So many choices!  

If your sight must survive punishment there are a few proven examples. Trijicon’s type 2 RMR is the big dog. Designed to withstand military type punishment they are as rugged as it gets. You will pay for it, and it has a slightly smaller window, but it is proven rugged. Leupold’s Delta Point PRO also seems to be a strong choice for duty applications with a proven track record. Trijicon’s SRO is another solid choice  Not as rugged as the RMR by Trijicon’s own admission it is plenty strong for most of us, an SRO sits on my carry pistol today. The round screen makes it easy to aim,  and the dot is clearer and easier to find under stress. Mine has seen use on rifles, shotguns and a dozen pistols and has yet to fail.  Aimpoint’s ACRO looks has a growing set of fans. Completely enclosed, including the emitter it has a different look, but it is built to Aimpoint standards. For many, the covered emitted is a huge advantage, although it may not be for all.   SigArms Romeo 1 Pro has also proven to be strong and has a couple of government contracts to its name. Both the Delta Point Pro and Trijicon’s RMR / SRS have secured military contracts making them solid and proven choices. 

Concealed carry sights or MRDS can be smaller and easier to conceal fitting on smaller pistols. Shield Sights makes several including the RMS-C (Compact), one of the most popular. Sig Sauer Electro Optics Romeo Zero is a great example designed around their Sig P365 XL pistol.  Springfield Armory just entered that market with their new HEX MRDS marketed with their HellCat subcompact pistols along with Holosun and Vortex.  Trijicon’s RMRcc is also smaller, although to be fair not that much.  On the other hand it is built to a similar standard as the Type 2 RMR and will likely to prove very strong.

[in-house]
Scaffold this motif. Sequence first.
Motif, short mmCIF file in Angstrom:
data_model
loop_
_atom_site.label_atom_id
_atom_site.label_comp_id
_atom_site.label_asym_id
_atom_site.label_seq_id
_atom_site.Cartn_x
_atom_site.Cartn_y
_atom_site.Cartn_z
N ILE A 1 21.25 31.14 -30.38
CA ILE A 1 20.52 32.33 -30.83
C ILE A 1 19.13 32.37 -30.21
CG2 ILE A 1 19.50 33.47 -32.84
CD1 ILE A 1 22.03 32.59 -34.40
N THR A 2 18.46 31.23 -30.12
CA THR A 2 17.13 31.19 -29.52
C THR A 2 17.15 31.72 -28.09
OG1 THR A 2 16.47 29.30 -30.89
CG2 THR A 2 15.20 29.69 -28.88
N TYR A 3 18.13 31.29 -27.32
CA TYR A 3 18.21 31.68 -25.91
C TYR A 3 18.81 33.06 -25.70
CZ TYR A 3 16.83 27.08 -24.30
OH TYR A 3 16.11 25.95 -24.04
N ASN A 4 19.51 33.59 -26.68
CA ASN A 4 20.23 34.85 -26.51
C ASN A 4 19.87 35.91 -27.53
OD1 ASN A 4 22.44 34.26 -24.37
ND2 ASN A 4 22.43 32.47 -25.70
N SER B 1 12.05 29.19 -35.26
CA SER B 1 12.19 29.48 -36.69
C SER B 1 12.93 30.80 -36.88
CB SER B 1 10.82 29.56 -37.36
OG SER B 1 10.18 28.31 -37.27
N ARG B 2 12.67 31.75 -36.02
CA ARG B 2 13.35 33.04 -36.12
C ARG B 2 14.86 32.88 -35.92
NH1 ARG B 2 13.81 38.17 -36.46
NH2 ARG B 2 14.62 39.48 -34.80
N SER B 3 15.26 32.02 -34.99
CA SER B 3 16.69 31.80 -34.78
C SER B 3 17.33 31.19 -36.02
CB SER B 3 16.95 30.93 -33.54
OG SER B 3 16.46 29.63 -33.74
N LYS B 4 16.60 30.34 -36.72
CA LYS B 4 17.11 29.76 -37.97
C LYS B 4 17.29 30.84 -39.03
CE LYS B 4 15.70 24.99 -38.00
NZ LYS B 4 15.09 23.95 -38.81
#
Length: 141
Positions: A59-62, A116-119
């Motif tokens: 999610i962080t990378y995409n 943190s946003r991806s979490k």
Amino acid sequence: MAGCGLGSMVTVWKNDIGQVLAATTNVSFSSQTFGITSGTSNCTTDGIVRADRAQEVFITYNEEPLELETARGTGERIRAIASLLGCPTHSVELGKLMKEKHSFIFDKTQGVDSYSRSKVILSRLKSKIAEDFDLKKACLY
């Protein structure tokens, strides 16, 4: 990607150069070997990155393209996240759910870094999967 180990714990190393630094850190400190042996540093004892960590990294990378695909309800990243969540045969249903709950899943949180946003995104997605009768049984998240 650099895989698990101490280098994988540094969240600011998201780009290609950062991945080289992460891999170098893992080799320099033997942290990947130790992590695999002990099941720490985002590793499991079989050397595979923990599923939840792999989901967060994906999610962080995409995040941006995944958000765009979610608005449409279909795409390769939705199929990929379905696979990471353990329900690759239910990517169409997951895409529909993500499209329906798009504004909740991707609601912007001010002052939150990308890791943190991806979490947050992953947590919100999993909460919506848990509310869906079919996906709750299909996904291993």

Vortex has offered several sights for years, Crimson Trace has jumped into this market with a vengeance but Holosun has really captured a large part of the market. While not as proven as the Trijicon and Leupold they are less money, easier to get, and have been growing in popularity in the Law Enforcement market. With new sights hitting the market almost monthly there are a ton of choices that are excellent for most.  If it’s truly just for fun, or on a rimfire many of the less expensive imports are fine, and just plain fun. It’s really all about what you are going to do with the pistol it’s on,  not everything is best served by spending more on the sight than the pistol.